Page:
Was it more difficult for you to write your novel after all these years of being a book critic yourself? As a reviewer you have a fine-tuned sense of what works and what doesn't. Did this inhibit your writing in any way by making you more critical of your own creative process?
I don’t think it was inhibiting – it was probably more of a help than anything. For anything to work you have to be critical of the creative process. I was very suspicious if ever I felt something was just right the first time: that was when it needed a long, hard look, and my suspicions were usually well founded. I suppose I wrote the kind of book I would like to read for relaxation, but it was important not to think about other writers and books. It had to be my own work, my own voice.
Was it a relief to allow your creativity to flow in a purely fictional framework after your many years in journalism? Can you describe the difference between writing fact and writing fiction? Which do you prefer?
It was very hard, especially in the beginning. Journalists are supposed to be invisible in their own writing. You get the facts down, and let them speak for themselves, and keep yourself out of it. Of course, as a reviewer of theatre and film as well as of books, I could and did express opinions, but it was still difficult to make the switch. Also, in newspapers, where space constraints rule, short is good; long is asking to be hacked about. Fiction obviously gives much more scope, but you have to unlearn the rules that say “cut out anything that doesn’t take the story forward”. Description felt very self-indulgent to begin with.
It’s hard to say which sort of writing I prefer. They are too different. At the moment I’m loving writing fiction, but I still like to keep my hand in with other kinds of writing, reviews and interviews and so on.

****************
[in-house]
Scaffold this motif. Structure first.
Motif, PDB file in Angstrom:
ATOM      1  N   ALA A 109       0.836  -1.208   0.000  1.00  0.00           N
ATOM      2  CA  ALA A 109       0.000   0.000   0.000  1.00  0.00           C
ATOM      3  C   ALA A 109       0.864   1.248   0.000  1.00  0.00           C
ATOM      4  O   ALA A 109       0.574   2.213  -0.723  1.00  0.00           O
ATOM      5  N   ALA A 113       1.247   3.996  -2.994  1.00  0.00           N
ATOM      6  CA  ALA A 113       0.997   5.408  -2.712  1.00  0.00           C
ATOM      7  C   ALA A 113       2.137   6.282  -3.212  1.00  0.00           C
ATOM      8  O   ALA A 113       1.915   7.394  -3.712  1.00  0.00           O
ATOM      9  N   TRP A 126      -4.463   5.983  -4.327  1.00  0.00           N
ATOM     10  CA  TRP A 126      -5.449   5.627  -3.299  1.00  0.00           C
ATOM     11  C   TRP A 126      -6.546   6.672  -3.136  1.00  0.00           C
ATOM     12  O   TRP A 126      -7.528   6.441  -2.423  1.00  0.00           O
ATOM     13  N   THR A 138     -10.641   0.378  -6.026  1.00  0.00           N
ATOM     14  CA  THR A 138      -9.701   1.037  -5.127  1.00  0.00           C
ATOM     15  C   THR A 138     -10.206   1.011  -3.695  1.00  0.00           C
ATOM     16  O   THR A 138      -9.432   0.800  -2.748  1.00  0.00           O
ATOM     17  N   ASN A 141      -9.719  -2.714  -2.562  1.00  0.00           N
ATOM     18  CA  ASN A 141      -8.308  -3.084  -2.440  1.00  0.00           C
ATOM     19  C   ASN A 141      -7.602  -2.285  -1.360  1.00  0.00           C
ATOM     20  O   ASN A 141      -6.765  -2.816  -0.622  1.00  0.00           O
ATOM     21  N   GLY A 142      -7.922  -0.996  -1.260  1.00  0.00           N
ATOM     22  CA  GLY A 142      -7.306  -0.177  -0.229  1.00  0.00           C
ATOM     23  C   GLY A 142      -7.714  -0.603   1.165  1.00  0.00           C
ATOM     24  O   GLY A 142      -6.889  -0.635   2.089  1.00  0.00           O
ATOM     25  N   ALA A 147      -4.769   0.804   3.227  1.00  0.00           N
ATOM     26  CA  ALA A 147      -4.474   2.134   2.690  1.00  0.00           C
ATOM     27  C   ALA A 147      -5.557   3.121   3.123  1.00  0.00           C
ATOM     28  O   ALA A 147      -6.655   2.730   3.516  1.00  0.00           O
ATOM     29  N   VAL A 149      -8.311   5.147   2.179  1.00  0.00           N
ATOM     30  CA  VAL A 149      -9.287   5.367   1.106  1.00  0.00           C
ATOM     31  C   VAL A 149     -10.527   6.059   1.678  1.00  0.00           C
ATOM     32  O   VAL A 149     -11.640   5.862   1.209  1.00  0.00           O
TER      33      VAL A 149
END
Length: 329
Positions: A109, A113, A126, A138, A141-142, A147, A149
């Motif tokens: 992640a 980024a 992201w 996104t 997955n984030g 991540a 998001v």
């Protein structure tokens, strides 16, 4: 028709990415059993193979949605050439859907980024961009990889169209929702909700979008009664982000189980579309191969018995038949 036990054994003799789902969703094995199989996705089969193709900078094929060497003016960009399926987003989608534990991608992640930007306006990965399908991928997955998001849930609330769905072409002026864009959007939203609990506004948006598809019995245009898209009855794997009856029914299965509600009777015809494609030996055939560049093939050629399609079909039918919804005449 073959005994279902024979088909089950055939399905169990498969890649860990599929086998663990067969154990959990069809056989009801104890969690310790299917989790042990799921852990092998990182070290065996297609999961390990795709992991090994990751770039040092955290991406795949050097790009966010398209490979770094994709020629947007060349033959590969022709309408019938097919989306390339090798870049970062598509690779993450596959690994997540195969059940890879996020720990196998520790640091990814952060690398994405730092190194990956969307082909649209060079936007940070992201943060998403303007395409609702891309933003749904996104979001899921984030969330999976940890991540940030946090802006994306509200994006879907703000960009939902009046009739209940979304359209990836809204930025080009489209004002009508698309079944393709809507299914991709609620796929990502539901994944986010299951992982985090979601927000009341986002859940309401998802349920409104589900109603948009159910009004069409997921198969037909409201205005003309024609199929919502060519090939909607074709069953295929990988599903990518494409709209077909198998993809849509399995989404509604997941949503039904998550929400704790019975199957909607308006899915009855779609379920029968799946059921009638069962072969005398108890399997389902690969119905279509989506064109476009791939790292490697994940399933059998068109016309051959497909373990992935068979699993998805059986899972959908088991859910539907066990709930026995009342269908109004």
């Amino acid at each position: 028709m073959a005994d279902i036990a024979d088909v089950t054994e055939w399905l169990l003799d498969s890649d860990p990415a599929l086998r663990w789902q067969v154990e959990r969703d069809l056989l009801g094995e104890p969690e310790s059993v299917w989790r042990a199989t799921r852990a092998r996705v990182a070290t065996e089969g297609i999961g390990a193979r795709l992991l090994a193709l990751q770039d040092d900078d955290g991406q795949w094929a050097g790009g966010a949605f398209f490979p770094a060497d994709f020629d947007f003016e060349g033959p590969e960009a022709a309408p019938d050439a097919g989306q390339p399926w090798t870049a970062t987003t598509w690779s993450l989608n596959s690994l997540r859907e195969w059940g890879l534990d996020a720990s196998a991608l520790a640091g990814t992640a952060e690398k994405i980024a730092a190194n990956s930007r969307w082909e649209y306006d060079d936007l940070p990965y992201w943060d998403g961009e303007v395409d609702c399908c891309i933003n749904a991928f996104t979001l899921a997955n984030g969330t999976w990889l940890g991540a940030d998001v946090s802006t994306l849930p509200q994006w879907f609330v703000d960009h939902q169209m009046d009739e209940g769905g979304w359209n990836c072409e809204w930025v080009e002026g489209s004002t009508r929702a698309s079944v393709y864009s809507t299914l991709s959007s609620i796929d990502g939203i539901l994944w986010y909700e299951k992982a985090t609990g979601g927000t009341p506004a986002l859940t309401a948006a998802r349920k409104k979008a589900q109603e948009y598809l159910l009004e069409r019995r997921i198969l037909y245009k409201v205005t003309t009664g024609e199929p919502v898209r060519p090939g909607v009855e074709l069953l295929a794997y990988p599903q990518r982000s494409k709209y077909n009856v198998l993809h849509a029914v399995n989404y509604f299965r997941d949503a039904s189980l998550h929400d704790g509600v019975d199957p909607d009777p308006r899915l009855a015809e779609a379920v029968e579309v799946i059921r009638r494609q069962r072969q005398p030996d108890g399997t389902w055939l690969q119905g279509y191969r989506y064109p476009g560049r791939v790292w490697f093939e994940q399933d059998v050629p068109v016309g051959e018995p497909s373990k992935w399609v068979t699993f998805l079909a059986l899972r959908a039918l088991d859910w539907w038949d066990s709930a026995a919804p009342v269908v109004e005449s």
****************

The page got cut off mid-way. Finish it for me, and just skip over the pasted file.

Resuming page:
I thoroughly enjoyed your whodunit set in our home town of Pietermaritzburg. It was good to recognise landmarks and familiar areas, such as the plantations where the dead body is found. Was it easier or more difficult to set your story in such a familiar place?
Easier – you can visualise settings in your mind’s eye as you write. Of course, you change things. If there’s a house or a tree in the way of what you want to do, you just demolish it or chop it down. Author as destroyer!
Your protagonist's life is disturbed when her Zimbabwean friend, Daniel Moyo, comes to visit her at home and finds a dead body in the forest just outside her garden gate. Suddenly she and Daniel are thrust into a murder investigation where their own innocence is questioned. I enjoyed the juxtaposition of the everyday life of an art teacher with the harsh realities of the criminal world. Mrs Marple was a great success for Agatha Christie, for the same reason, I believe. Is this is a winning formula, where the least likely person is the one who unravels a crime? If so, is this is because readers identify with a more ordinary protagonist, perhaps?
It’s not the way crime-writing is generally going, particularly in South Africa, where many thrillers are very dark, and very violent. But character rather than plot is what interests me most. I love the idea of ordinary people caught up in extraordinary situations, outside their usual terms of reference. I enjoyed thinking about how someone with no experience of serious crime or detection would react in the circumstances I put Laura into. And it gave scope for some humour, which I enjoy in crime-writing.